June 7, 2023

Germany tops spending list due to heavy reliance on Russian gas supplies
Germany tops spending list due to heavy reliance on Russian gas supplies

Almost every week now, European governments are announcing emergency measures to protect households and businesses from an energy crisis triggered by Russia’s war in Ukraine.

Since Russia invaded its pro-Western neighbor in late February, hundreds of billions of euros have been spent so far and counting.

Governments have gone all out: from capping gas and electricity prices to saving struggling energy companies and providing direct assistance to households to fill their cars.

Public spending has continued even as EU countries have amassed large amounts of new debt to save their economies from the impact of the 2020 coronavirus pandemic.

But some leaders are proud of using public funds to tackle the new crisis, which has sent inflation soaring, the cost of living higher and sparked fears of a recession.

After announcing 14 billion euros ($13.9 billion) of new measures last week, Italian Prime Minister Mario Draghi boasted that it would make Italy “one of the top spenders in Europe”.

The Bruegel Institute, a Brussels-based think tank that tracks EU government spending in the energy crisis, ranks Italy as Europe’s second-biggest spender after Germany.

Since September 2021, Rome has allocated 59.2 billion euros, or 3.3 percent of its gross domestic product, to protect households and businesses from rising energy prices.

Germany topped the list with 100.2 billion euros, or 2.8 times its GDP, as the country relies heavily on gas supplies from Russia, which it has cut in retaliation for war-related sanctions on Moscow.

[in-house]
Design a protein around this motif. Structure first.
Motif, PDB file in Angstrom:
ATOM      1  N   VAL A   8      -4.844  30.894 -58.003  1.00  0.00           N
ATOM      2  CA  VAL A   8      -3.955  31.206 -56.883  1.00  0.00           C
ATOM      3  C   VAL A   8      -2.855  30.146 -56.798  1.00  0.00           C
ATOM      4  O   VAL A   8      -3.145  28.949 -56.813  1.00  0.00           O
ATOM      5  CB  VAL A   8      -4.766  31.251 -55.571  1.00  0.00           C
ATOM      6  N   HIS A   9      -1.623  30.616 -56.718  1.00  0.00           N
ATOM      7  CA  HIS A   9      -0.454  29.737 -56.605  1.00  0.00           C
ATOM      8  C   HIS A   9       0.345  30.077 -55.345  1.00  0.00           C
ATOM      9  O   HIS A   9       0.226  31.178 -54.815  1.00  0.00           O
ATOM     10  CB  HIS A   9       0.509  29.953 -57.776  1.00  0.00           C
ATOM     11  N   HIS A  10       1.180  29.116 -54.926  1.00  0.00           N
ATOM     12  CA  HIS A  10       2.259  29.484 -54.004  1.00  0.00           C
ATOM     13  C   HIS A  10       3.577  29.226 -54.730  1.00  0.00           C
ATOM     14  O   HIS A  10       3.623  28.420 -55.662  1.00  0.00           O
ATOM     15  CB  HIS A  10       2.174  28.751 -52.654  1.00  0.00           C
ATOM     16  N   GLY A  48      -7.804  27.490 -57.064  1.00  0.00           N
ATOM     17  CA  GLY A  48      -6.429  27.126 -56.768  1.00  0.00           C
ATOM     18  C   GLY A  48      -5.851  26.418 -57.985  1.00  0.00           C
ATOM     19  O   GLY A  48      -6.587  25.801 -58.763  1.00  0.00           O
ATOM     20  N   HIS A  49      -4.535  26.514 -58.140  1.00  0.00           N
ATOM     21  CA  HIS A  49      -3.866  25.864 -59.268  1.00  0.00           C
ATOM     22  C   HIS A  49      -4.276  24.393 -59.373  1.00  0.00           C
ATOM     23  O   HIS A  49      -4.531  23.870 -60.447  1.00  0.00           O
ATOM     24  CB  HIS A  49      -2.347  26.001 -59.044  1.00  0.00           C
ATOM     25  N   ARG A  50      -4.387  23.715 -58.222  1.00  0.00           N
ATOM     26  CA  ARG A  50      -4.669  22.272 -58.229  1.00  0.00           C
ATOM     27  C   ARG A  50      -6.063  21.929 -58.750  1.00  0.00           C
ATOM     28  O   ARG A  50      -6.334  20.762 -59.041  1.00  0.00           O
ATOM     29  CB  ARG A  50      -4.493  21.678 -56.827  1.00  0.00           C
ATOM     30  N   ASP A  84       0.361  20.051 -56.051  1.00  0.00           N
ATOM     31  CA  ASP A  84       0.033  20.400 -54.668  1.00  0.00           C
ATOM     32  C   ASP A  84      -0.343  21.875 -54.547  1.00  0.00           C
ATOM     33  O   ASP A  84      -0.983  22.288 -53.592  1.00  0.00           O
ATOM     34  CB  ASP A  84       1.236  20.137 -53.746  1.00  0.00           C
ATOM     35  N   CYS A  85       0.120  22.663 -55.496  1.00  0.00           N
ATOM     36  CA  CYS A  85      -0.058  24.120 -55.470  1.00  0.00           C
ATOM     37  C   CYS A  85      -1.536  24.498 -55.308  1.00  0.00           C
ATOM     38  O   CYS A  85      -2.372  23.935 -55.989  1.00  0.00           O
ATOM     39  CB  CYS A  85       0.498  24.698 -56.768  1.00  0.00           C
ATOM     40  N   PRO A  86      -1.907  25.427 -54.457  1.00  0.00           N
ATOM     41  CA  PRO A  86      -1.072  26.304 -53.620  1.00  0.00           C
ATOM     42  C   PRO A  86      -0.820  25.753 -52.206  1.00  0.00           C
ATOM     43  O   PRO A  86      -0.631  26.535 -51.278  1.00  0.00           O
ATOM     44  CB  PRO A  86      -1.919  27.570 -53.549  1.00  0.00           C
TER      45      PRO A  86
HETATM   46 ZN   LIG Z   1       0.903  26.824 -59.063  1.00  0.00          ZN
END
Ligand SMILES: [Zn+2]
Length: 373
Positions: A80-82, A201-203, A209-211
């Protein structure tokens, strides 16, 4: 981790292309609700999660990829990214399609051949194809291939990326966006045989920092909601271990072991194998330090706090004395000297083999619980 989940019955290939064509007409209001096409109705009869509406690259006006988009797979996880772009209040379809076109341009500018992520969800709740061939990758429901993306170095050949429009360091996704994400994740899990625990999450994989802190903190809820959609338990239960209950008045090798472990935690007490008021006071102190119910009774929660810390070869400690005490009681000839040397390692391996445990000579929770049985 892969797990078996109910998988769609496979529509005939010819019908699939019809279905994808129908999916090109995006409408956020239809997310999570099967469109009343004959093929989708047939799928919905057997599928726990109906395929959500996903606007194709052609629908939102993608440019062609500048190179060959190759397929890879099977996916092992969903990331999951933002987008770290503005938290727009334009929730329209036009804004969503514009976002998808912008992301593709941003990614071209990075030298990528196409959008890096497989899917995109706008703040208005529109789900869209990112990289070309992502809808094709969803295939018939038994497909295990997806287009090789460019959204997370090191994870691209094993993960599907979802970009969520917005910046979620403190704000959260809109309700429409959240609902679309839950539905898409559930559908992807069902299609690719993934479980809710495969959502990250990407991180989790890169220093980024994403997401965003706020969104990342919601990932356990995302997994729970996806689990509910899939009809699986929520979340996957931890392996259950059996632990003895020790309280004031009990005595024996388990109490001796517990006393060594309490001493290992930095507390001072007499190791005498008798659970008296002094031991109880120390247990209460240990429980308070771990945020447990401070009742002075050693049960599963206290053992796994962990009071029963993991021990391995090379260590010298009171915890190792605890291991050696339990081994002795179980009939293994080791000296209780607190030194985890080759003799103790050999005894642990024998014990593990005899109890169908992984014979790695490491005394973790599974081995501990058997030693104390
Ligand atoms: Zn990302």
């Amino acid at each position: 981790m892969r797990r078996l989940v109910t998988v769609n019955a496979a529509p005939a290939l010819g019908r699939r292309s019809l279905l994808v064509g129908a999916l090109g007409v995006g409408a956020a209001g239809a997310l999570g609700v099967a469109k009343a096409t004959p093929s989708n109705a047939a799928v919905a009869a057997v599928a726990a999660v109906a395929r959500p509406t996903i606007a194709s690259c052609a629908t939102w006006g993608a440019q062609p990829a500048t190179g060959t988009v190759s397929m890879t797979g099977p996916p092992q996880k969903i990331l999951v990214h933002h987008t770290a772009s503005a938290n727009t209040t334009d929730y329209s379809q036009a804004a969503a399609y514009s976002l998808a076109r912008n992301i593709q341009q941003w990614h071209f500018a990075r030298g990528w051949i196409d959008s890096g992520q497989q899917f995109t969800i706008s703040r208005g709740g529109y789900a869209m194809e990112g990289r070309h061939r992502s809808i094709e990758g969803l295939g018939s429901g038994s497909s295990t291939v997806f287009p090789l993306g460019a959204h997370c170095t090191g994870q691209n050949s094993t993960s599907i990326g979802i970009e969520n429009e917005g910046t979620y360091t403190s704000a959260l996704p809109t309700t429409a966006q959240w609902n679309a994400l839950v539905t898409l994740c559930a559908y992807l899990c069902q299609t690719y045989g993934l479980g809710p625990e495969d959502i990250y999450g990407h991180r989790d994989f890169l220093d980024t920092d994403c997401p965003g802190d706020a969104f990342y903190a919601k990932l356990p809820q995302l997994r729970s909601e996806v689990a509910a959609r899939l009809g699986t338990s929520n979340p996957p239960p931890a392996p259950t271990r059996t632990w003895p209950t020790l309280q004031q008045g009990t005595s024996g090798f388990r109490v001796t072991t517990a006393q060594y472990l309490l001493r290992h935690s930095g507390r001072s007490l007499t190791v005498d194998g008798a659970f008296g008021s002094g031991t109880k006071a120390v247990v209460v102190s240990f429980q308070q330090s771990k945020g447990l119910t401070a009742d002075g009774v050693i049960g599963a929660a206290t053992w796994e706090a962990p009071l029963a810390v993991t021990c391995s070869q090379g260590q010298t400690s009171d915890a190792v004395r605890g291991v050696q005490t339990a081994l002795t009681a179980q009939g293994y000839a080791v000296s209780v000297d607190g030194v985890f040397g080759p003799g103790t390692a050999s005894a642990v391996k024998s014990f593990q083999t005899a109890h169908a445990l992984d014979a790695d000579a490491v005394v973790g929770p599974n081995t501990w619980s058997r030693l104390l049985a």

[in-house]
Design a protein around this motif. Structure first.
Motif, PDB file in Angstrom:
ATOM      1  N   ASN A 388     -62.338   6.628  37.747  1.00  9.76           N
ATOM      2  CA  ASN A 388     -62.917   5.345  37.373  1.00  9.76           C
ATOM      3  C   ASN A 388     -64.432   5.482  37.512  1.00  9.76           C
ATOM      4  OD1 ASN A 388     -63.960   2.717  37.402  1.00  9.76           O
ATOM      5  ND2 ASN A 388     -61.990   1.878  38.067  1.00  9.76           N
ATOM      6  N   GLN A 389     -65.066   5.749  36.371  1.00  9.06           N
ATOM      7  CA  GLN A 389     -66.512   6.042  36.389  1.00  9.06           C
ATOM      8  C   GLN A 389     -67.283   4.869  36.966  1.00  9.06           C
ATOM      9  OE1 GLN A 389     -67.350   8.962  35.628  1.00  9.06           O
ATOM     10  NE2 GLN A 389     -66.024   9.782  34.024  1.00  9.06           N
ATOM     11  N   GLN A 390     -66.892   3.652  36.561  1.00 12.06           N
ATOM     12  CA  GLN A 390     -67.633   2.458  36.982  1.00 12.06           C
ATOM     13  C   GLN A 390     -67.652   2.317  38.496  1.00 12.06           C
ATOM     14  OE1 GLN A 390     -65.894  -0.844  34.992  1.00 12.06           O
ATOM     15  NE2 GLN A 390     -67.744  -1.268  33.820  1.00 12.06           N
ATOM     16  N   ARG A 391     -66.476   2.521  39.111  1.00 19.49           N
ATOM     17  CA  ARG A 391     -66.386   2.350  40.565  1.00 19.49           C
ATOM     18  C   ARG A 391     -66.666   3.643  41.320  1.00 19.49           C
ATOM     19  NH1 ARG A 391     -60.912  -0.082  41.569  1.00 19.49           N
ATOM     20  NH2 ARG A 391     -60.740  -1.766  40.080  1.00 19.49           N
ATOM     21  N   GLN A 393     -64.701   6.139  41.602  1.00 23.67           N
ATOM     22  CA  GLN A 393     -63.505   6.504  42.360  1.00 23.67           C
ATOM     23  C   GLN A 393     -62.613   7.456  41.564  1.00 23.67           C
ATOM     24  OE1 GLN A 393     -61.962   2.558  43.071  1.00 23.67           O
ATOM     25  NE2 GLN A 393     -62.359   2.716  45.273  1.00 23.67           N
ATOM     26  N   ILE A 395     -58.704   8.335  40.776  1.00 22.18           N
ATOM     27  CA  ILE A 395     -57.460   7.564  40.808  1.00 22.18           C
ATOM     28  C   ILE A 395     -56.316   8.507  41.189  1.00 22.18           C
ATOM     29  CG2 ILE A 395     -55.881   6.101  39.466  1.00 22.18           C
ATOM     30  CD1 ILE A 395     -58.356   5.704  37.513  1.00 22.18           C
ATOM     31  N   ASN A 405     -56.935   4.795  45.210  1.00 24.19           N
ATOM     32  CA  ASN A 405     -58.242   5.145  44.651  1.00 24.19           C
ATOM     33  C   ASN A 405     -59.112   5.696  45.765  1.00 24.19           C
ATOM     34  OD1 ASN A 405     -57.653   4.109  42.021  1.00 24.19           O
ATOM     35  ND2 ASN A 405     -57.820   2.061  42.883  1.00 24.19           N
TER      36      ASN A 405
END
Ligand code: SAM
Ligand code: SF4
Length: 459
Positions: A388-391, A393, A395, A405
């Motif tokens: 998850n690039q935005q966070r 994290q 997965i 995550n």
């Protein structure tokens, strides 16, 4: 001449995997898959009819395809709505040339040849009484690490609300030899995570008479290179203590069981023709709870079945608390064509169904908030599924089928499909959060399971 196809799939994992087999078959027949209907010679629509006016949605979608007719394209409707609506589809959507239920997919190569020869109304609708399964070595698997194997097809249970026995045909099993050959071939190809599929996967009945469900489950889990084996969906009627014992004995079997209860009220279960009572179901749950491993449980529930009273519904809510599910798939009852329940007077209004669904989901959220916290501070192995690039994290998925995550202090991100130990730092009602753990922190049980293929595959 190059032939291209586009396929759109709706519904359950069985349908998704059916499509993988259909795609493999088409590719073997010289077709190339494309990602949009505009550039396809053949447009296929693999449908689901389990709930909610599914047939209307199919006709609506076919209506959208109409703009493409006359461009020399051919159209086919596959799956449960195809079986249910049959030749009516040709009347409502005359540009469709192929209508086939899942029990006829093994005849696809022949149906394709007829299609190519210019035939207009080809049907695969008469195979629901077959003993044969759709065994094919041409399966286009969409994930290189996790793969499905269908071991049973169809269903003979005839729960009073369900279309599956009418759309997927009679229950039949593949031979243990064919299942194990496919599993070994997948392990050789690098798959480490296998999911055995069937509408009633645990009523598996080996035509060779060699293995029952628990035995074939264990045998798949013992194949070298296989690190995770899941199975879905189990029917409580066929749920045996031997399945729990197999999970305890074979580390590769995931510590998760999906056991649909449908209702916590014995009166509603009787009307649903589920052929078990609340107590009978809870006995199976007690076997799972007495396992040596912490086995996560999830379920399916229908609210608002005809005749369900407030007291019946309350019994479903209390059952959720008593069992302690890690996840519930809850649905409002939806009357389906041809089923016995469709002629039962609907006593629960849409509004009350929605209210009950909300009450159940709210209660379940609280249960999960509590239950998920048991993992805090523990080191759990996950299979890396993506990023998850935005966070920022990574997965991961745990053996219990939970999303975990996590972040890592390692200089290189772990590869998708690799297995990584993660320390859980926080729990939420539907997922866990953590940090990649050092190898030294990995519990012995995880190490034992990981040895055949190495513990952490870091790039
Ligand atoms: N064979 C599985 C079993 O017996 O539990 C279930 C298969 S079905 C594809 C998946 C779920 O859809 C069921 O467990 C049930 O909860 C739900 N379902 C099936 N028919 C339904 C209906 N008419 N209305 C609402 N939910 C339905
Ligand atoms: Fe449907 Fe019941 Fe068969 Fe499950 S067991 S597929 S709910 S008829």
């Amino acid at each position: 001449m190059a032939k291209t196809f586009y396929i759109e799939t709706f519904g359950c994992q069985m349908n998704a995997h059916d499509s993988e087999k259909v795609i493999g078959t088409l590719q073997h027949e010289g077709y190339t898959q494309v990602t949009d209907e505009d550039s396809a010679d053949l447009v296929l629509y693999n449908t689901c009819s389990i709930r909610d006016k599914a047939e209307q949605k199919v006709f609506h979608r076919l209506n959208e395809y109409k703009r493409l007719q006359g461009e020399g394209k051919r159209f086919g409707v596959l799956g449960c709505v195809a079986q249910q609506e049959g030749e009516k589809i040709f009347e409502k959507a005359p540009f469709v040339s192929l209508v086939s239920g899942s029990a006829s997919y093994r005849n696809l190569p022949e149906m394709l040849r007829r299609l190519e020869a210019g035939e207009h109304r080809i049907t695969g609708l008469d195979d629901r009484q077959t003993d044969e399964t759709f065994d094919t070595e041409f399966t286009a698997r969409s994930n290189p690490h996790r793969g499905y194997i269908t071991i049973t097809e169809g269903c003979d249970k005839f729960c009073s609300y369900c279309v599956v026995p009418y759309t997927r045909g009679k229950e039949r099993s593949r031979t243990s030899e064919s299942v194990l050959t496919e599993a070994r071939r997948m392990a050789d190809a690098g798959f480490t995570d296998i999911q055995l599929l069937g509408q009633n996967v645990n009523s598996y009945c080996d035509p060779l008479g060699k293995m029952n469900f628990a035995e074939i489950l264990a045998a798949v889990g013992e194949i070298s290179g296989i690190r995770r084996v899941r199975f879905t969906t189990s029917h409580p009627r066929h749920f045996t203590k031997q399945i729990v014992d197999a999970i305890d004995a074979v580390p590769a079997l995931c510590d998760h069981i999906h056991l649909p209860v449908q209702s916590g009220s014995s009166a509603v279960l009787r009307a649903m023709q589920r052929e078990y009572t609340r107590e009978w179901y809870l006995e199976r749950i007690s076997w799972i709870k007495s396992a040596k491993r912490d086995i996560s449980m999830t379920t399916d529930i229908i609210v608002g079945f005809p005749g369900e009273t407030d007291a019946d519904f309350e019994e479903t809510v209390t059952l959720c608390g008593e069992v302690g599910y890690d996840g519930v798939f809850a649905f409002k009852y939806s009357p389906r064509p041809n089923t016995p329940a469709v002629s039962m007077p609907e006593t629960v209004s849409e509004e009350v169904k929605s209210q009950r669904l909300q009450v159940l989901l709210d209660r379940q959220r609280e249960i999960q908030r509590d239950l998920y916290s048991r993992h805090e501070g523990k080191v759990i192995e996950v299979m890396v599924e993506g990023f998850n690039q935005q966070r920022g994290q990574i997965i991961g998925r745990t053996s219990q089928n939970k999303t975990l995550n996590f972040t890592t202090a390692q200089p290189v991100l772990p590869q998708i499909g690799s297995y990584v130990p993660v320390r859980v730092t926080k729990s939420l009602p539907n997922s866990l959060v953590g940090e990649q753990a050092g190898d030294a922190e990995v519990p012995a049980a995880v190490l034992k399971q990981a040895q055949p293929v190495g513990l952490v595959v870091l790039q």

On Wednesday, Germany announced it would nationalize troubled gas giant Uniper.

France, which protected consumers from rising gas and electricity prices as early as November, has so far allocated 53.6 billion euros, or 2.2 percent of GDP, in third place.

Since September 2021, EU countries have now provided 314 billion euros, Bruegel said.

“The number will increase as energy prices continue to rise,” Bruegel senior researcher Simone Tagliapietra told AFP.

The energy bill for a typical European household could hit 500 euros a month early next year, compared with 160 euros in 2021, according to U.S. investment bank Goldman Sachs.

Measures to help consumers include a special tax on excess profits in Italy, a freeze on energy prices in France and subsidies for public transport in Germany.

But the spending came after a rise in public debt, which stood at 189% of GDP in Greece in the first quarter, 153% in Italy, 127% in Portugal, 118% in Spain and 114% in France in the first quarter.

“Originally designed as a temporary response to what was supposed to be a temporary problem, these measures have ballooned and become structural,” said Thaliapitra.

“This is clearly not sustainable from a public finance standpoint. It is important that the government strives to focus this action on the most vulnerable households and businesses as much as possible,” he said.

As borrowing costs rise, spending rises.

In July, the European Central Bank raised interest rates for the first time in more than a decade to combat runaway inflation caused by soaring energy prices.

The 10-year French sovereign bond yield hit an eight-year high of 2.5 percent on Tuesday, while Germany now pays 1.8 percent after announcing negative rates at the start of the year.

The interest rate charged to Italy has quadrupled to 4% from 1% earlier this year, resurfacing the specter of the debt crisis that threatened the euro zone a decade ago.

“It is crucial to avoid a debt crisis that could have huge destabilizing effects and put the EU itself at risk,” the IMF warned in a recent blog calling for reform of budget rules.

The European Union has suspended rules to cap national public deficits at 3 percent of GDP and debt at 60 percent until 2023.

The European Commission plans to present proposals next month to reform budget rules in the bloc’s 27 countries, which have been undermined by the crisis.

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